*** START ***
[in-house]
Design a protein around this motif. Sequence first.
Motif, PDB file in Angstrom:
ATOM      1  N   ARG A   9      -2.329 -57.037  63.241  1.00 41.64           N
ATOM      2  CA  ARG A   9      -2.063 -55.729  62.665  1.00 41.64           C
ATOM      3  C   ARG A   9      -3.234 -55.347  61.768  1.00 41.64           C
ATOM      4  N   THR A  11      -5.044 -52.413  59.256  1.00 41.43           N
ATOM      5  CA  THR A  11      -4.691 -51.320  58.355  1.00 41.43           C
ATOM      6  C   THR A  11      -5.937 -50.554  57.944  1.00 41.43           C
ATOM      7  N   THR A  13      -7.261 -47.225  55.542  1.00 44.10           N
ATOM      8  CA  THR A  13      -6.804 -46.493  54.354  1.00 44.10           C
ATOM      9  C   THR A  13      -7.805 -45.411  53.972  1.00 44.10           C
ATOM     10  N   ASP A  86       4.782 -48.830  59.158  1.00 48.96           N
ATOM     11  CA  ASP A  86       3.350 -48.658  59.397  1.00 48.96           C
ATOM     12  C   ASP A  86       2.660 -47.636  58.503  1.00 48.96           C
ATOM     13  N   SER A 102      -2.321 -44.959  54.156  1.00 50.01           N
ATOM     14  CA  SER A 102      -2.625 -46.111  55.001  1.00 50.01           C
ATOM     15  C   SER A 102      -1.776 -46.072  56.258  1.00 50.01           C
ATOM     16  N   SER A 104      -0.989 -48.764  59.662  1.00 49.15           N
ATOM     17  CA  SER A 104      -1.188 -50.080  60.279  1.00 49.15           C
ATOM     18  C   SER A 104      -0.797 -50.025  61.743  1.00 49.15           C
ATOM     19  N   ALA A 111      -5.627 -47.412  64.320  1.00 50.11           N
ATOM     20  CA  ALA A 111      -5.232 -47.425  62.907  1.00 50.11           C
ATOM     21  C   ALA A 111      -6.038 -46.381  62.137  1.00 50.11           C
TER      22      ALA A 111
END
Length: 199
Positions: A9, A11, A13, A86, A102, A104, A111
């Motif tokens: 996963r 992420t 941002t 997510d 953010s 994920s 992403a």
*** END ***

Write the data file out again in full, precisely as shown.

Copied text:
[in-house]
Design a protein around this motif. Sequence first.
Motif, PDB file in Angstrom:
ATOM      1  N   ARG A   9      -2.329 -57.037  63.241  1.00 41.64           N
ATOM      2  CA  ARG A   9      -2.063 -55.729  62.665  1.00 41.64           C
ATOM      3  C   ARG A   9      -3.234 -55.347  61.768  1.00 41.64           C
ATOM      4  N   THR A  11      -5.044 -52.413  59.256  1.00 41.43           N
ATOM      5  CA  THR A  11      -4.691 -51.320  58.355  1.00 41.43           C
ATOM      6  C   THR A  11      -5.937 -50.554  57.944  1.00 41.43           C
ATOM      7  N   THR A  13      -7.261 -47.225  55.542  1.00 44.10           N
ATOM      8  CA  THR A  13      -6.804 -46.493  54.354  1.00 44.10           C
ATOM      9  C   THR A  13      -7.805 -45.411  53.972  1.00 44.10           C
ATOM     10  N   ASP A  86       4.782 -48.830  59.158  1.00 48.96           N
ATOM     11  CA  ASP A  86       3.350 -48.658  59.397  1.00 48.96           C
ATOM     12  C   ASP A  86       2.660 -47.636  58.503  1.00 48.96           C
ATOM     13  N   SER A 102      -2.321 -44.959  54.156  1.00 50.01           N
ATOM     14  CA  SER A 102      -2.625 -46.111  55.001  1.00 50.01           C
ATOM     15  C   SER A 102      -1.776 -46.072  56.258  1.00 50.01           C
ATOM     16  N   SER A 104      -0.989 -48.764  59.662  1.00 49.15           N
ATOM     17  CA  SER A 104      -1.188 -50.080  60.279  1.00 49.15           C
ATOM     18  C   SER A 104      -0.797 -50.025  61.743  1.00 49.15           C
ATOM     19  N   ALA A 111      -5.627 -47.412  64.320  1.00 50.11           N
ATOM     20  CA  ALA A 111      -5.232 -47.425  62.907  1.00 50.11           C
ATOM     21  C   ALA A 111      -6.038 -46.381  62.137  1.00 50.11           C
TER      22      ALA A 111
END
Length: 199
Positions: A9, A11, A13, A86, A102, A104, A111
């Motif tokens: 996963r 992420t 941002t 997510d 953010s 994920s 992403a």